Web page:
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Can you notice a CPL filter on a 360° shot while it's on the "default" position?

I know that the effect of a CPL filter only really takes effect in a 90° angle to the sun. Because of that it also shouldn't be used for panorama pictures or videos, due to the fact that each of the photos would have a different strength of the polarizer effect and would therefore look strange in the end product.

I wonder if I could leave the CPL filter on, all the time? In other words, while a CPL filter is in its default position, does it look the same 360° all around, or would it still look different in a 90° angle to the sun, compared to facing the sun directly?

Just wondering if I have to put on the CPL filter every time I want to get rid of some glare, or if I could also just leave in on, while doing some other shots in between, where the effect isn't needed or wanted.

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  • \$\begingroup\$ Probably will be better to ask here: video.stackexchange.com \$\endgroup\$ May 13, 2023 at 20:21
  • \$\begingroup\$ Thanks, I'll do. But it shouldn't matter too much. Even tho it's mainly for video, I do photos as well and it should actually apply to photos as well. I guess photographers will shoot in different angles to the sun as well, which could be also interesting to know the answer to. \$\endgroup\$
    – Andy
    May 13, 2023 at 20:35
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    \$\begingroup\$ My personal habit when use CPL is to point the camera, frame and then turn the CPL until I get result I want. No angles, no default position. So (for me) still differ a lot from video (in relation to CPL). \$\endgroup\$ May 14, 2023 at 9:49
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    \$\begingroup\$ What do you mean by the default position of a polarizer? Mine rotates on the mount without any indication of a preferred position. If you have it on when the light is not polarized it is just a 1 stop ND filter \$\endgroup\$ May 14, 2023 at 14:27
  • \$\begingroup\$ @RossMillikan What I mean by default position is the position with the least effect. Some adjustable polarizers have two white lines to align to get the what I refer to "default" position. I know of the difference of 1 stop ND filter compared to no filter. I was just wondering if that basic effect would apply in all directions equally. So if it's in the mentioned position, would it be just the effect of 1 stop ND filter against the sun, as well as in a 90° angle to the sun, or would the effect be stronger in a 90° angle even while in the position of least effectiveness? \$\endgroup\$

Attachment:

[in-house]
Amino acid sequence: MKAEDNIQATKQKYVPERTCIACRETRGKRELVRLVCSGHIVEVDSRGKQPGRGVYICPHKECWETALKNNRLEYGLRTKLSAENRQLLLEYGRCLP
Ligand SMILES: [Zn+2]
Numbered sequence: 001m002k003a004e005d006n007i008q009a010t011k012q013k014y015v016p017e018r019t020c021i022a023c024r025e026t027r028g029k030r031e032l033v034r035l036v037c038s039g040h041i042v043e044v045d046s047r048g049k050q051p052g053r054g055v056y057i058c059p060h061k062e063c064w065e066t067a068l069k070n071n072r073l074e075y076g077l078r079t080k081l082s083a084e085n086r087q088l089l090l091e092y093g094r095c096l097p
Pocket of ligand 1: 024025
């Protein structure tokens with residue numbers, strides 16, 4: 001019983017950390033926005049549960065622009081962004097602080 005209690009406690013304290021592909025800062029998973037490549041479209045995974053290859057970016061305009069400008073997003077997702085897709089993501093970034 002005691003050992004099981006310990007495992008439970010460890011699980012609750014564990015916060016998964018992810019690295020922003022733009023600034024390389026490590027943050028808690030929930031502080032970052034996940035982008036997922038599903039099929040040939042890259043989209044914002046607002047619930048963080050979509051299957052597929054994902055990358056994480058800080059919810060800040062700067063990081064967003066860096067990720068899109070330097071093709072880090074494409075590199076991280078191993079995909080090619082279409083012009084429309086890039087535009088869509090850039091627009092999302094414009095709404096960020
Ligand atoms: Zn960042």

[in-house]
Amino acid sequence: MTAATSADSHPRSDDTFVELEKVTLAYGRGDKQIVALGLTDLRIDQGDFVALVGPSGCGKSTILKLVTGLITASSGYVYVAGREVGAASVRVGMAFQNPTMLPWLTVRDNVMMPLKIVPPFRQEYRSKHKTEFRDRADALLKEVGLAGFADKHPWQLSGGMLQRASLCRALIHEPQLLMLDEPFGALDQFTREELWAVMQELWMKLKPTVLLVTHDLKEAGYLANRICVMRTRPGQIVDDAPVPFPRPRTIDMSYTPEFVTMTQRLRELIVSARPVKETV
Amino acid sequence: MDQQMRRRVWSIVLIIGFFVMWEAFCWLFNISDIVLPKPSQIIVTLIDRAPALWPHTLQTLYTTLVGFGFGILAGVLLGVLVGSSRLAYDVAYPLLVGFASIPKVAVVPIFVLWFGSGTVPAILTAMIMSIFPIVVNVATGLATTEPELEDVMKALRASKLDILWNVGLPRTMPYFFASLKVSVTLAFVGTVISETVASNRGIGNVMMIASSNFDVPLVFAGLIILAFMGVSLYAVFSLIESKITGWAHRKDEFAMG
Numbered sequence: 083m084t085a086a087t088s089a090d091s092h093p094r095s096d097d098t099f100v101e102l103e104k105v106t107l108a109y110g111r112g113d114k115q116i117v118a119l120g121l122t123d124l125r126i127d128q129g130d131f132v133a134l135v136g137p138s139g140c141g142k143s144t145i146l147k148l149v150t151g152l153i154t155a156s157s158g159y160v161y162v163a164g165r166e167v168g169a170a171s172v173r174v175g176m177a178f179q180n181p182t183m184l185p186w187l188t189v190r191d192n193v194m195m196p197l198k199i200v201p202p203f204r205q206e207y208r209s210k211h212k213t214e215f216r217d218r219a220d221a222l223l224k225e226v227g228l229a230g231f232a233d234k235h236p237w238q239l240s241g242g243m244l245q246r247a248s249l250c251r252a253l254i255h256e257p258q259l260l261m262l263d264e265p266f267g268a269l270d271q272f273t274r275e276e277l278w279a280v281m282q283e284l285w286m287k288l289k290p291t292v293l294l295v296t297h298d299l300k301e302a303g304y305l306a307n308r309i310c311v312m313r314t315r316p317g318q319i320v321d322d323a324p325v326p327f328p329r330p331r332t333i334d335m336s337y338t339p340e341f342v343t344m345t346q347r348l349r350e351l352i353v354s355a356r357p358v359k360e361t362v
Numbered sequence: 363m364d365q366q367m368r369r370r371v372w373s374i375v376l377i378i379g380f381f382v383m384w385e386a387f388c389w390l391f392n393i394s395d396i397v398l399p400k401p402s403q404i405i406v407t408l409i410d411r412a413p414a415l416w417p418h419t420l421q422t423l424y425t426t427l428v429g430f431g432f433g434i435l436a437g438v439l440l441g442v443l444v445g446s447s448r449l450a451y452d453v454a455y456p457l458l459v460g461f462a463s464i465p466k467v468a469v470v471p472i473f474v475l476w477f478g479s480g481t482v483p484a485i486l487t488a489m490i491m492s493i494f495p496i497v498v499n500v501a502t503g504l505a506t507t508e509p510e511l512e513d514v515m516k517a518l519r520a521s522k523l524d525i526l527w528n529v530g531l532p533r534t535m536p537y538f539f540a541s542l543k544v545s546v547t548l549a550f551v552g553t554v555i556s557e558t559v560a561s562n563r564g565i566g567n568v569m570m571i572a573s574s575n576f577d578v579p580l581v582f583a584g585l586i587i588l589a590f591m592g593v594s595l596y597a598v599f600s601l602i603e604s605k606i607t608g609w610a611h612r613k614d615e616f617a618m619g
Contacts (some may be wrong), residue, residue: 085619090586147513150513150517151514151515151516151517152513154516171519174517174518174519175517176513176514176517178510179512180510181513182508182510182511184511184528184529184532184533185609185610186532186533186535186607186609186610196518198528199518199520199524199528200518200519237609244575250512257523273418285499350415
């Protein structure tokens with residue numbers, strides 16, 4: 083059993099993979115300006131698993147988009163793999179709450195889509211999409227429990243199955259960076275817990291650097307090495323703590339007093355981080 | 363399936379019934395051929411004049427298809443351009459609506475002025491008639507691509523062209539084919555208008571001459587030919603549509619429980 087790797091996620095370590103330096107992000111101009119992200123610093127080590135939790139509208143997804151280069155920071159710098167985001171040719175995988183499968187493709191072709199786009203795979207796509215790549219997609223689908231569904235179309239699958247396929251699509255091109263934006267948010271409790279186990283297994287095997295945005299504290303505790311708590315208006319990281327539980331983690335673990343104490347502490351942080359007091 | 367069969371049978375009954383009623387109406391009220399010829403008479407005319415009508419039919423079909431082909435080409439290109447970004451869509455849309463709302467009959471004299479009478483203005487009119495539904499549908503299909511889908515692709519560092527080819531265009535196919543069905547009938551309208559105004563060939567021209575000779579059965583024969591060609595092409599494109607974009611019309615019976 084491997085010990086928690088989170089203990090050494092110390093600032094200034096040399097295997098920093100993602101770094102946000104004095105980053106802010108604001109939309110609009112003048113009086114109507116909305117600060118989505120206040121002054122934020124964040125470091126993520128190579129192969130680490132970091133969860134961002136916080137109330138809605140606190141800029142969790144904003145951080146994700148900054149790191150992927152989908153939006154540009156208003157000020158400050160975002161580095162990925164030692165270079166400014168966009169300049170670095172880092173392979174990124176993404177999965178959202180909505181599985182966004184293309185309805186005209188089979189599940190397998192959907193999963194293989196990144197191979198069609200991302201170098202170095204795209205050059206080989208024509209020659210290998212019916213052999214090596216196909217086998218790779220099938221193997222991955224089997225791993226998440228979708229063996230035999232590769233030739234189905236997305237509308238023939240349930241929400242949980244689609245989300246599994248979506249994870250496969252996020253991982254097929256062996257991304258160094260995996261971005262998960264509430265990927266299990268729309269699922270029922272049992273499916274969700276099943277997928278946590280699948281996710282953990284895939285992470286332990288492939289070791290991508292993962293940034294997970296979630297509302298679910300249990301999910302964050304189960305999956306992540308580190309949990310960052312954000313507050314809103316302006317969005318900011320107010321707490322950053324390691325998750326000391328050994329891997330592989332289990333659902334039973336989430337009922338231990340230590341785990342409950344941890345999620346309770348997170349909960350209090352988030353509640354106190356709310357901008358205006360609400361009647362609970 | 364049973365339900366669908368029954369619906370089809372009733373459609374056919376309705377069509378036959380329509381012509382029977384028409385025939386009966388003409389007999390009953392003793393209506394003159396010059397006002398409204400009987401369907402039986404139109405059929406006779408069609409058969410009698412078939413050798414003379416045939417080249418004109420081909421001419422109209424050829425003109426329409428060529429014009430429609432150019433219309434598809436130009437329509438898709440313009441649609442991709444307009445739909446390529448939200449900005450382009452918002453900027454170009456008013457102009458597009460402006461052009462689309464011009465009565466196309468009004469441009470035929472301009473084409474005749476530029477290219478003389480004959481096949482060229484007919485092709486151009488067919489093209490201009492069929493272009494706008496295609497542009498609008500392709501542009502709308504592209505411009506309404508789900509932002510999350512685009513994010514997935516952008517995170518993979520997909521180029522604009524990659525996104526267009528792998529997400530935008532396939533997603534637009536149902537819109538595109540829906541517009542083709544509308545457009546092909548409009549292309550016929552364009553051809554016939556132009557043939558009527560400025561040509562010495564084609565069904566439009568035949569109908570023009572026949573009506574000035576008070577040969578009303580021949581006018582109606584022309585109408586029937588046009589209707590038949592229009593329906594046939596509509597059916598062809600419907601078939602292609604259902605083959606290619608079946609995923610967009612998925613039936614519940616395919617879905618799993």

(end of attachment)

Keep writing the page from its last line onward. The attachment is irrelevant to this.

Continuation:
– Andy
    May 15, 2023 at 20:07

1 Answer 1

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To answer two specific parts of your question:

Can you notice a CPL filter on a 360° shot while it's on the "default" position?

There is no "default" position, but I assume you mean the position in which the CPL fitler is as weak as possible. Yes, you can notice it as follows:

  • The CPL roughly takes 1 stop of light away, so your camera needs to compensate this by changing the exposure parameters.
  • The CPL is of low quality and creates flares and/or ghosting.

I wonder if I could leave the CPL filter on, all the time?

Yes, but it depends a lot on what the context is you're photographing in. In my experience I kept the CPL filter on and used it as an additional parameter (e.g. next to zooming, composition, exposure) when taking a photo. I had the following circumstances:

  • Sufficient light to make the exposure within the desired ISO/aperture/shutter speed range.
  • A filter of sufficient quality such that it does not decrease the image quality with flares or ghosting.
  • The front of the lens did not rotate when focussing/zooming. This meant that the CPL remained at the same "strength" while focussing the lens.

Whenever I would enter a (darker) building, I would unscrew the CPL filter and keep it in a pouch. I would then not suffer from the ~1 stop exposure reduction, and the CPL had very little use indoor anyway (in my case). Once going outdoors I would attach the CPL again.

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